Other genetic changes haven't been identified that may contribute to #Waldenstrom macroglobulinemia, but there have been some regions of DNA which are deleted or added in some people with the condition, yet researchers aren't sure which gene in these regions are important for the development of the condition. The variants that cause Waldenstrom macroglobulinemia are acquired during a person's lifetime and are present only in the abnormal blood cells.
These aren't necessary inherited, more so acquired during a person's lifetime from environmental exposures, whatever that might be for each person. Some families do have a predisposition to the condition, as about 20 percent of people with Waldenstrom macroglobulinemia have a family member with the condition or another disorder involving abnormal B cells.
Progression of Disease
About 20 percent of people are managed simply with careful watch-and-wait, but more often treatment is required. The current therapies available can control the disease for many years. The five-year-survival-rate is approximately 75 percent for individuals who are newly diagnosed. Newer therapies have increased success of treatment which has extended overall survival up to 15 years after diagnosis. Nevertheless, recurrence is common and the disease is still considered incurable. The overarching goal is to understand the molecular basis of the disease and develop new effective therapies that ultimately will lead to a cure for Waldenstrom macroglobulinemia.
Treatment for this disease changed dramatically once MYD88 mutations were discovered in 2012. Since MYD88 interacts with a protein called Bruton's Tyrosine Kinase (BTK), and BTK is known to promote other blood cancers and BTK inhibitors are highly effective in controlling chronic lymphocytic leukemia, the efficacy and safety of ibrutinib was explored for Waldenstrom macroglobulinemia. The estimated 2-year progression-free survival with no relapses and overall survival rates are 69 percent and 95 percent, respectively, with #ibrutinib. Those with both MYD88 and CXCR4 mutations tended to have slower, less robust responses to ibrutinib than those with only the MYD88 mutation. Unfortunately, ibrutinib is not effective in those without MYD88 mutation. Since FDA approval of ibrutinib, numerous BTK inhibitors have been developed and advanced into clinical trials, and multiple promising therapies are being developed.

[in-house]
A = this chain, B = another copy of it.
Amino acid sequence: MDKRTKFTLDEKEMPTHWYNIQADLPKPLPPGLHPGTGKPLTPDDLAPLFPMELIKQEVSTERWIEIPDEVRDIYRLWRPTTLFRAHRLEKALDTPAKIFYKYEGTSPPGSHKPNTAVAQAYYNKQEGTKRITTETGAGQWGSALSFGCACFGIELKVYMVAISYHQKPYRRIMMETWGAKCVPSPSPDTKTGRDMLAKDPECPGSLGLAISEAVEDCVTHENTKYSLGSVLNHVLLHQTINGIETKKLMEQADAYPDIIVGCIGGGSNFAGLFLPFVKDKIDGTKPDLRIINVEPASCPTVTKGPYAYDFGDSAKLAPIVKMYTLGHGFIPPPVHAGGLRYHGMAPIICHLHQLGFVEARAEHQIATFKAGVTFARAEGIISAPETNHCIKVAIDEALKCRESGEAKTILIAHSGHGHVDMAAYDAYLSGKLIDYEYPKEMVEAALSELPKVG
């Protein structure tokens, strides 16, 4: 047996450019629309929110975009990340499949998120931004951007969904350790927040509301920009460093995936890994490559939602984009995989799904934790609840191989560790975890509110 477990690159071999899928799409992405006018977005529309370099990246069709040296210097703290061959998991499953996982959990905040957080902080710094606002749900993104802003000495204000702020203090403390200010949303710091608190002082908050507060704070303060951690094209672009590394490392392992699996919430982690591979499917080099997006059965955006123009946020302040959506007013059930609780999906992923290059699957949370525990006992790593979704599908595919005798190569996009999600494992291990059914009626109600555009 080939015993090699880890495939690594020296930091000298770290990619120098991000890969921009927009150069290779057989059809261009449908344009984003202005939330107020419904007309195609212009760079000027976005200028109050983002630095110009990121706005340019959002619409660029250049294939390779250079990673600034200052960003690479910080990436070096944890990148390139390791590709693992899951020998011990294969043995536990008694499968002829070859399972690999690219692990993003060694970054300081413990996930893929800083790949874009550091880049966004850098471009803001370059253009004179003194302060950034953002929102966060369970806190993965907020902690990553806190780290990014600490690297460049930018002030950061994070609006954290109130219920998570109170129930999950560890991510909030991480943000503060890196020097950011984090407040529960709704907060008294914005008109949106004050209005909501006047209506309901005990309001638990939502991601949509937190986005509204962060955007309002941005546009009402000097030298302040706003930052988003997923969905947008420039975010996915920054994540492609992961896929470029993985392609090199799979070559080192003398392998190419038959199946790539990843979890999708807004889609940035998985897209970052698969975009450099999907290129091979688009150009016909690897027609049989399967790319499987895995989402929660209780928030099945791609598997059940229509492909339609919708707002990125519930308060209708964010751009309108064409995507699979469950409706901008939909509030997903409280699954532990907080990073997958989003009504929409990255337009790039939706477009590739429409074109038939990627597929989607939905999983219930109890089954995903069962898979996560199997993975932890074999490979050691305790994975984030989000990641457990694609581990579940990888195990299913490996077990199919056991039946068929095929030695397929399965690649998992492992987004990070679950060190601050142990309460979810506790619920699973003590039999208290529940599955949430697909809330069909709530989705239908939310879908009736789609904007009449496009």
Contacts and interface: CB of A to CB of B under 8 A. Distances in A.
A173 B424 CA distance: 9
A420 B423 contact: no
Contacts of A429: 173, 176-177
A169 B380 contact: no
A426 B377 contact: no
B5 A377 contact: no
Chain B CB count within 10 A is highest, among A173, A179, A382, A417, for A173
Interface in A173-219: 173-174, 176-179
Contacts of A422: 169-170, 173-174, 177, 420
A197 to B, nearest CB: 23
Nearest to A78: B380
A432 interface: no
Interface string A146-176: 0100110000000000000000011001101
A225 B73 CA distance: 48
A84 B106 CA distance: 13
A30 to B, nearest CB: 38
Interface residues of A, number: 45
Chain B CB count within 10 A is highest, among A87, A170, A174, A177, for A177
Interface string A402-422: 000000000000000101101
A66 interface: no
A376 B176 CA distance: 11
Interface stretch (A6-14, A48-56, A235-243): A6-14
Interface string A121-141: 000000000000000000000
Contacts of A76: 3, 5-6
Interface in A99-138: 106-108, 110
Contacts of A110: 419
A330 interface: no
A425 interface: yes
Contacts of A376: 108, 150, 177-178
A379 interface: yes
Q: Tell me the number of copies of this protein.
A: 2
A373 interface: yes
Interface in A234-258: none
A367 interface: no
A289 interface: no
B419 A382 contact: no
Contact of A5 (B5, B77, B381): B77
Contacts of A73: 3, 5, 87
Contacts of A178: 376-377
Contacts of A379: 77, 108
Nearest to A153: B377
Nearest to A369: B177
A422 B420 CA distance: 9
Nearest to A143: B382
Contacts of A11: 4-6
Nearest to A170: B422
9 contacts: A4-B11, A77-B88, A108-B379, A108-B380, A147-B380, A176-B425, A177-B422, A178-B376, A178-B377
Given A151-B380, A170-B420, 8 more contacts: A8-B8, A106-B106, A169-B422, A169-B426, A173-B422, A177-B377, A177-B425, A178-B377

What is the M Protein: the Myeloma Protein?
When cancer is suspected, your provider may check the M protein to evaluate for multiple myeloma. This may be identified either in your urine, or in your blood. M proteins go by many names, so you may hear your doctor call them "monoclonal" proteins or "monoclonal immunoglobulins," or even "M spike" or "paraproteins," but whatever their name, they're made in your bone marrow along with other blood cells. They play a big role in your immune system, you body's defense system.
When you body is fighting illness, plasma cells release proteins called antibodies. They find and kill viruses, bacteria, and other substances. Sometimes these plasma cells make abnormal proteins, which are the ones call M proteins. These are incomplete antibodies that are all exactly the same, which is where the name "monoclonal" comes from, but they don't actually have any power to fight infection. There are a few different conditions in which M proteins will elevate, Waldenstrom's macroglobulinemia is one of them.
Because Waldenstrom's macroglobulinemia affects small lymphocytes, or white blood cells, the plasma cells produce a particularly type of sticky M protein called IgM monoclonal antibody. A buildup of these proteins can thicken the blood and lead to symptoms, such as fatigue and weight loss.